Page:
There isn’t a cheap, easy magic bullet, but with diligence and time (and a bit of record keeping) you can knock RKN back to a workable level. I was absolutely thrilled this year when one tomato plant after another came out with almost clean roots.
Thanks for adding your own strategy to the mix, Elizabeth. It’s a great list of To-Dos with nematode-infested beds.
Did we ever get an update from Max on how things went after his second try with planting Marigolds? And have any new research been published on how to fight root knot nematodes since this post in 2014?
Good question, Kate. Maybe Max will chime in and report back. Arbico Organics lists a few new items in their arsenal for root nematodes, in addition to crab meal. Check them out:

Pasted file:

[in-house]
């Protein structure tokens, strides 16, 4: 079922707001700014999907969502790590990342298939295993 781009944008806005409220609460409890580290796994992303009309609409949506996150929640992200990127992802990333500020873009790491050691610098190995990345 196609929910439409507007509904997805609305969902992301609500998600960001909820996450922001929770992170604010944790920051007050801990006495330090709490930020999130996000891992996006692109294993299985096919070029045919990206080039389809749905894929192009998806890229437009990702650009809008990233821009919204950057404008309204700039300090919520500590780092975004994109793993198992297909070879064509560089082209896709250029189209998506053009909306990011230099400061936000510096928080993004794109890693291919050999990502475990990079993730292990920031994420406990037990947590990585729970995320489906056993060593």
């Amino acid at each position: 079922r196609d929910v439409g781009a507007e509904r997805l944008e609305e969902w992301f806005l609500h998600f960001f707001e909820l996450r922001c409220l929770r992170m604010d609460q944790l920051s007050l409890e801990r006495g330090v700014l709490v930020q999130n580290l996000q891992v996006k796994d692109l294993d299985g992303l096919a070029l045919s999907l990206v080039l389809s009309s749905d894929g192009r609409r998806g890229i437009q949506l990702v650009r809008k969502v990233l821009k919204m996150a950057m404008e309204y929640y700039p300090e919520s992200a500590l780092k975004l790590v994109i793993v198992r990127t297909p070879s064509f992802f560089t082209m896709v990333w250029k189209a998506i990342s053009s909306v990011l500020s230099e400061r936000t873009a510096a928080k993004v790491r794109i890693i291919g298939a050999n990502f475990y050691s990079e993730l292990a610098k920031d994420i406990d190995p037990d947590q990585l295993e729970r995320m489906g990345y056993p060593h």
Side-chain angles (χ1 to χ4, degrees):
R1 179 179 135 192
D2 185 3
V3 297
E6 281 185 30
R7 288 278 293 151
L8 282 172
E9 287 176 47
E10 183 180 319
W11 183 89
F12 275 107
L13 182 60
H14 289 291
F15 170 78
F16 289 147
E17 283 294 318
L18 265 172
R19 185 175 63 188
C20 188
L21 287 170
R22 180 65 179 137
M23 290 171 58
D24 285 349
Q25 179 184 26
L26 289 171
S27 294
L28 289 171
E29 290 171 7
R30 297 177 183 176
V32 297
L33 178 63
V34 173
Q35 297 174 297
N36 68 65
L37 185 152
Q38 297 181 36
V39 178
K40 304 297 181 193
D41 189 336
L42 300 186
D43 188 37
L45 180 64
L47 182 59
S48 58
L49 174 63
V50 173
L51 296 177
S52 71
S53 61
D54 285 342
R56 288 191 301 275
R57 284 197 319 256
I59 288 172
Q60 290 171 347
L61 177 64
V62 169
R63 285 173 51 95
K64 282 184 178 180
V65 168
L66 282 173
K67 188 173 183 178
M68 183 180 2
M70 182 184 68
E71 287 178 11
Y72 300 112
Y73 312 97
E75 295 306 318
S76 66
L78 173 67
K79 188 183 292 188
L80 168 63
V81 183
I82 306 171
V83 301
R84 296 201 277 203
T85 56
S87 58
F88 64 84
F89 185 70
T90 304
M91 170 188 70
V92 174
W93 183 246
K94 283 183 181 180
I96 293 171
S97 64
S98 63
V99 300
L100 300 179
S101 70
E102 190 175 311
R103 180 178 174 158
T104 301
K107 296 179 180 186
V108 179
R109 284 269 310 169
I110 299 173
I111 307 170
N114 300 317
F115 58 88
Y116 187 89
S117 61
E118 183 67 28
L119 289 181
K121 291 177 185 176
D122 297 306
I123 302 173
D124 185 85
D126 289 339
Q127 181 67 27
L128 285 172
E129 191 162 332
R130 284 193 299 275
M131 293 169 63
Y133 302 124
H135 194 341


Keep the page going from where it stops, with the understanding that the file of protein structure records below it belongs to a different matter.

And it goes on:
Christy – thanks for taking the time to respond to my question on root KNOT nematodes. I’ve tried in the past , without much success, marigolds, solarization, and ground shrimp shells. Per your suggestion, I’ll try a denser planting (no intermingled veggies!) of the specific marigold varieties you mentioned this coming Spring and hope for the best.
Good luck, Max. Keep us posted on your results.